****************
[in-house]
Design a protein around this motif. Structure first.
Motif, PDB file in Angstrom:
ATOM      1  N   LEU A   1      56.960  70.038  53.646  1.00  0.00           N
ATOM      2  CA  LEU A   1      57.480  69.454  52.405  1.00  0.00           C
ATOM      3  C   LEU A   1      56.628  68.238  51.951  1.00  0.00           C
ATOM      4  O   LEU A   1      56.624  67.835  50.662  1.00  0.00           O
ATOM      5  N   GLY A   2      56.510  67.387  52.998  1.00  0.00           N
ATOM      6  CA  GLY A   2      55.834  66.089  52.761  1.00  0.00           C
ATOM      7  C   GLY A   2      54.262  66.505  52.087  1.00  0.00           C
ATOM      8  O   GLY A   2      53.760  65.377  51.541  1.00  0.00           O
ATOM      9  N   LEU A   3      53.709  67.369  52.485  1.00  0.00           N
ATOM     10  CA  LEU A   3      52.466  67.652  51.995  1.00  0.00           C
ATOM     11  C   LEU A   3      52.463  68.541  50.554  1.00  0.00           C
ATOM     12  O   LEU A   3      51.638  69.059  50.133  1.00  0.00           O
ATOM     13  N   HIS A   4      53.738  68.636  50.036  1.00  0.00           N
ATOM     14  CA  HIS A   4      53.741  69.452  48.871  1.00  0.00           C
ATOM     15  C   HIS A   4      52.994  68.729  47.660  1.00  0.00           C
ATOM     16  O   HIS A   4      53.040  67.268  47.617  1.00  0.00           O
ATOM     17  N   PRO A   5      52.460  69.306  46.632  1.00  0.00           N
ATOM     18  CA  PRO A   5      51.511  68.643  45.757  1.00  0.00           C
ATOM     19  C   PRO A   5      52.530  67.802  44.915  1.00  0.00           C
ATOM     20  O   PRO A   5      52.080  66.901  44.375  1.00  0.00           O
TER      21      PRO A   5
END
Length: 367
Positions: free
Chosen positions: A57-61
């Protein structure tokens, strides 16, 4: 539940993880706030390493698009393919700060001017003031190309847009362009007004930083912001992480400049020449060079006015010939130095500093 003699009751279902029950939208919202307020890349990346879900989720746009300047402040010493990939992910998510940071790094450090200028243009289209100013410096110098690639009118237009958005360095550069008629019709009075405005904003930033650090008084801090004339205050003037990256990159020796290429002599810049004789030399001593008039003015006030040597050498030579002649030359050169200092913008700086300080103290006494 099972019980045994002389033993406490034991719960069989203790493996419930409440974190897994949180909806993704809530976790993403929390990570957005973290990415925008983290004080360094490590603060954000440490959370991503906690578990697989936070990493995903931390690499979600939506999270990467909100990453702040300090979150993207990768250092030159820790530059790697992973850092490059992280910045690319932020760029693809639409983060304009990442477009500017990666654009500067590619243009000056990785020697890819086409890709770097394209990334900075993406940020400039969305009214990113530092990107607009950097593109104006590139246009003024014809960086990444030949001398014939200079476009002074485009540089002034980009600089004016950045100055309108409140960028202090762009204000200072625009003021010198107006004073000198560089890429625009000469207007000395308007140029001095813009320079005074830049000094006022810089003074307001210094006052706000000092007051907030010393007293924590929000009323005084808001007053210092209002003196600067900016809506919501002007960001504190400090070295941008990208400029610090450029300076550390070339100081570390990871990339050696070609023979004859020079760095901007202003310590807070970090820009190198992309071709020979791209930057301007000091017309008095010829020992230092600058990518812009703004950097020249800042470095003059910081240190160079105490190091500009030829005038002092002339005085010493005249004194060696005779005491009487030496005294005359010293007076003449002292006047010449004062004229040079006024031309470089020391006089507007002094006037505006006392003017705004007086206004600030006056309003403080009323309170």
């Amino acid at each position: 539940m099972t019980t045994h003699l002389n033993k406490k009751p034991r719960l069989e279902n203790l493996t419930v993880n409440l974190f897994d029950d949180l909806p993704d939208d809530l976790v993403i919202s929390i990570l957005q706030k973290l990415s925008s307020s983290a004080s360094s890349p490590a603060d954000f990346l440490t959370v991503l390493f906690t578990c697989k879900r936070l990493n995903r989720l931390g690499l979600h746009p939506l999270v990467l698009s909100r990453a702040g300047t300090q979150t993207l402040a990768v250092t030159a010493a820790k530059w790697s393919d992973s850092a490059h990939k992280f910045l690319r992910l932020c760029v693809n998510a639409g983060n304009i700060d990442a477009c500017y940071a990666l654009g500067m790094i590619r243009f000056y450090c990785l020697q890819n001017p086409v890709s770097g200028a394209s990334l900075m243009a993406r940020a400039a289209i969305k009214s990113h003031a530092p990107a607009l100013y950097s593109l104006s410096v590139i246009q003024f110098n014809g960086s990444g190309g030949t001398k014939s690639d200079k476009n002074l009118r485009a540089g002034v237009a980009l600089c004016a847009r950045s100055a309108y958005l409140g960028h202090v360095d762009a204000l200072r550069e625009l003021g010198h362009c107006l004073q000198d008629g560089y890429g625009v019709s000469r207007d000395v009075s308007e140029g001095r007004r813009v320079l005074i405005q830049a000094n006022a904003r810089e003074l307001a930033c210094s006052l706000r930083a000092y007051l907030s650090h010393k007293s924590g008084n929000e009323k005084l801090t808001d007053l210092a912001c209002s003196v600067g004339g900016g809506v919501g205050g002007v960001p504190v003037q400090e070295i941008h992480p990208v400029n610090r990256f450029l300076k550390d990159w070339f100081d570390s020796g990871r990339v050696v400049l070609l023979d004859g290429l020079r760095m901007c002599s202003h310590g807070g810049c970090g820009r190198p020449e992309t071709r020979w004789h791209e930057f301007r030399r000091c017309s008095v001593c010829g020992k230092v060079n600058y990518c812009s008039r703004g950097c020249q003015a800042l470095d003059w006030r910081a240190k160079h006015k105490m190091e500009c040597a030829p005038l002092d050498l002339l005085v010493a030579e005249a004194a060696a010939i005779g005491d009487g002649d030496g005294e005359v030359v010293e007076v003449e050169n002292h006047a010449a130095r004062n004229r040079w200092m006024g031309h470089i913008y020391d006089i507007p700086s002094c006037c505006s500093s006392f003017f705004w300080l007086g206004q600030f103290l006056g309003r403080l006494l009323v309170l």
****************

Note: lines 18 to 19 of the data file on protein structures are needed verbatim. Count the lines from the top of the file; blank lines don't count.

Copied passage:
ATOM     15  C   HIS A   4      52.994  68.729  47.660  1.00  0.00           C
ATOM     16  O   HIS A   4      53.040  67.268  47.617  1.00  0.00           O